Out of the shadows
Traditionally working behind the scenes, the Chief Operating Officers (COOs) of power and utility (P&U) companies are emerging into the spotlight. Those who take their complex role in a more strategic direction can help improve their organization’s performance and shape its future, Steve McCabe reports.
An increasingly complex regulatory environment, cost pressures, the expansion of rapid-growth markets and the need to upgrade infrastructure mean today’s utilities must be highly flexible and agile, yet retain a sharp focus on cost-containment and efficiency.
Overcoming these challenges brings the role of the COO to the fore. Those with the right skills and the willingness to reinvent their roles can lead their organizations through this difficult environment and drive future growth.
A broader role
We find it is common in the P&U industry for two or more people to hold positions at levels equivalent to that of the COO but with various titles: operating company president, functional president and so on.
Despite the split into different functions, these executives manage operations that are as large and complex as those of an individual COO within other businesses. Thus, those holding COO roles within P&U companies tend to have broader, and perhaps more significant, roles than peers in other industries.
Not only are they responsible for multi-billion euro or dollar capital expenditure budgets, they must also:
- Guard against operational failure
- Ensure the safety and reliability of supply
- Manage relationships with regulators and other authorities
- Operate across multiple jurisdictions, while maintaining one consistent direction
The demanding environment in which P&U COOs operate also presents opportunities to add value across a broad range of areas:
- Driving cost optimization. As sluggish growth rates and tougher regulations squeeze revenues, COOs have opportunities to improve operational efficiency and maximize returns on equity and allowable rates.
- Bringing a unique perspective. P&U operational leaders can break down functional and geographical silos and identify ways of driving efficiencies and transferring best practices, especially in companies that span multiple locations.
- Leading transformation. Many utilities are undergoing large business transformations. While COOs are already involved in these transformation projects, their mandate now is to shift from a wholly operational perspective to a more strategic one. This means turning an abstract corporate strategy into a daily working reality, deploying specific frameworks and processes that can deliver on the strategic objectives set for the organization.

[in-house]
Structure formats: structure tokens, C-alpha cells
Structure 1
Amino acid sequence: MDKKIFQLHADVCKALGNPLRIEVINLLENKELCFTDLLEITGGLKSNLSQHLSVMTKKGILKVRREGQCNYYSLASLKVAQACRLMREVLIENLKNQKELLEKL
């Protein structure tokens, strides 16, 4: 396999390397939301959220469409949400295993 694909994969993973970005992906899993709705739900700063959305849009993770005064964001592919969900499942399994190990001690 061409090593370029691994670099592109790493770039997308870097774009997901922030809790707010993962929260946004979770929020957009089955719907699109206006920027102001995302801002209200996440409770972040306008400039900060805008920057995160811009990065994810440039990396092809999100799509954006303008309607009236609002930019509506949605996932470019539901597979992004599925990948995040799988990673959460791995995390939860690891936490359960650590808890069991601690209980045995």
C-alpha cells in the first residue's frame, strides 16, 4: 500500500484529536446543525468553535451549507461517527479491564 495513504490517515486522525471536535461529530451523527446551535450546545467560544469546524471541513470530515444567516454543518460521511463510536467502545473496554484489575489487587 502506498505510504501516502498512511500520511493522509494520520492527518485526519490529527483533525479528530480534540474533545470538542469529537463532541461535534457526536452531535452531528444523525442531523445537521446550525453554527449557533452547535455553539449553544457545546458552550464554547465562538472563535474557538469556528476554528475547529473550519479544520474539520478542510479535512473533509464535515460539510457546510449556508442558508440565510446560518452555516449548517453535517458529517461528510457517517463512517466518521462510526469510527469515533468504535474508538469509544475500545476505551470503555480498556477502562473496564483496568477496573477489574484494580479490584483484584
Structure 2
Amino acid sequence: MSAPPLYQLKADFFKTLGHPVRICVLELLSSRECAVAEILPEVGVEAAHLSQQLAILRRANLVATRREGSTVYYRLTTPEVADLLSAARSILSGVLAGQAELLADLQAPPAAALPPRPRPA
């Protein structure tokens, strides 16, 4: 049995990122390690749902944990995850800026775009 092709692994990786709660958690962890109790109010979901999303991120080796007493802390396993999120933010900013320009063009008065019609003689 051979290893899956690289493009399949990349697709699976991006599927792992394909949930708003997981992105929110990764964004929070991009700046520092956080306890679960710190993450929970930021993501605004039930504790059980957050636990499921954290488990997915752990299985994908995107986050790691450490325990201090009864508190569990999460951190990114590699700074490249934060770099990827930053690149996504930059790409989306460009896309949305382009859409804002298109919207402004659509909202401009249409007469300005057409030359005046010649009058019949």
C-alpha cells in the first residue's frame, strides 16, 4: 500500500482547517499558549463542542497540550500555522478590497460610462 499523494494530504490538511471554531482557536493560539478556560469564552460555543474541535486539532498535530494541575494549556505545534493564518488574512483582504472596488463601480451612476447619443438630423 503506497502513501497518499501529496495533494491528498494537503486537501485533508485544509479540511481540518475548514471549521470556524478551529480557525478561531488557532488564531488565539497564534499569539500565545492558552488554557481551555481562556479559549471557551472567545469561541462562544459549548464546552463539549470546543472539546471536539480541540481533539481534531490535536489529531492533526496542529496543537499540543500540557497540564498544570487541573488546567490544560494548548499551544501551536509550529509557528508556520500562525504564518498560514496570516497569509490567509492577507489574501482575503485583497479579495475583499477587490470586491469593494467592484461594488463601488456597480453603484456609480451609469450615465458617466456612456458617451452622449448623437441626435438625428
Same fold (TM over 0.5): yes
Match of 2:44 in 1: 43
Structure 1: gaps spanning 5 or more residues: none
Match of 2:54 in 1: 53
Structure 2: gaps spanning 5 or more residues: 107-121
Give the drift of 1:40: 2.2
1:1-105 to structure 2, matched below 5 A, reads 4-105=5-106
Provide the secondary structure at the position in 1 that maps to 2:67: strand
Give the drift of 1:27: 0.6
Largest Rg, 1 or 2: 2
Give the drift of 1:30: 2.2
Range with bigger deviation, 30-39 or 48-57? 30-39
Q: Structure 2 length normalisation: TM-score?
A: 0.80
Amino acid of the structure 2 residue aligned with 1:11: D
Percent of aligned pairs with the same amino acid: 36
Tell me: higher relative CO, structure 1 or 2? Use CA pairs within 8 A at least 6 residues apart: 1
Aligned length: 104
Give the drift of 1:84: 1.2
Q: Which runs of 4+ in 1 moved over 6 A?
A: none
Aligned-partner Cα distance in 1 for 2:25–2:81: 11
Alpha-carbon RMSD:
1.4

- Collaborative approach. COOs must create bonds with fellow board members. In this regard, our research shows that P&U operational leaders are well ahead of their colleagues in other industries. The CEO-COO relationship is particularly critical and must be based on trust, regular communication, a shared vision, the right personality fit and the willingness to challenge each other on business concerns.
To do this, however, COOs must first change perceptions about their role, proving they can go beyond “keeping the lights on” to influence corporate strategy.
Room to improve
In our experience of working with our P&U clients, we see many COOs making valued contributions to their organizations’ performance. But we also notice some areas that could be enhanced:
- Mastering the financials. COOs need to develop greater financial acumen. A better understanding of finance fundamentals could enable them to improve their performance and heighten their visibility within the boardroom.
- Taking calculated risks. Considering the emphasis on safety in the P&U sector, COOs in utilities have developed a reputation for risk avoidance. But they need to develop a different mindset when it comes to driving cultural and process change.
- Developing the soft skills. The COO must be able to manage and inspire people at the highest level. When we asked COOs about the key attributes they needed, it was the softer skills — leadership, people management and communication — that topped the list. The most effective COOs are strong leaders who motivate their teams to participate actively in the strategic journey they have planned. They also demonstrate personal charisma and the ability to “sell” their vision to the board.
Seize the spotlight
Operational excellence has become a key source of competitive advantage, and today’s tough economic environment demands a relentless focus on the smooth running of the business — a task ideally suited to the strengths of the COO.
But those operational skills should be combined with a set of forward-looking capabilities, as well as the ability to lead, establish a vision and motivate.
How we can help
We work with many COOs, supporting them as they capitalize on their own unique opportunities and deliver their transformation goals.
Our report, DNA of the COO: time to claim the spotlight, is the first of our insights into the role of the COO and what defines this unique group of operational leaders. This ongoing program will address aspects of personal interest to COOs as they seek to develop themselves and their teams and learn from others within their communities.
For more information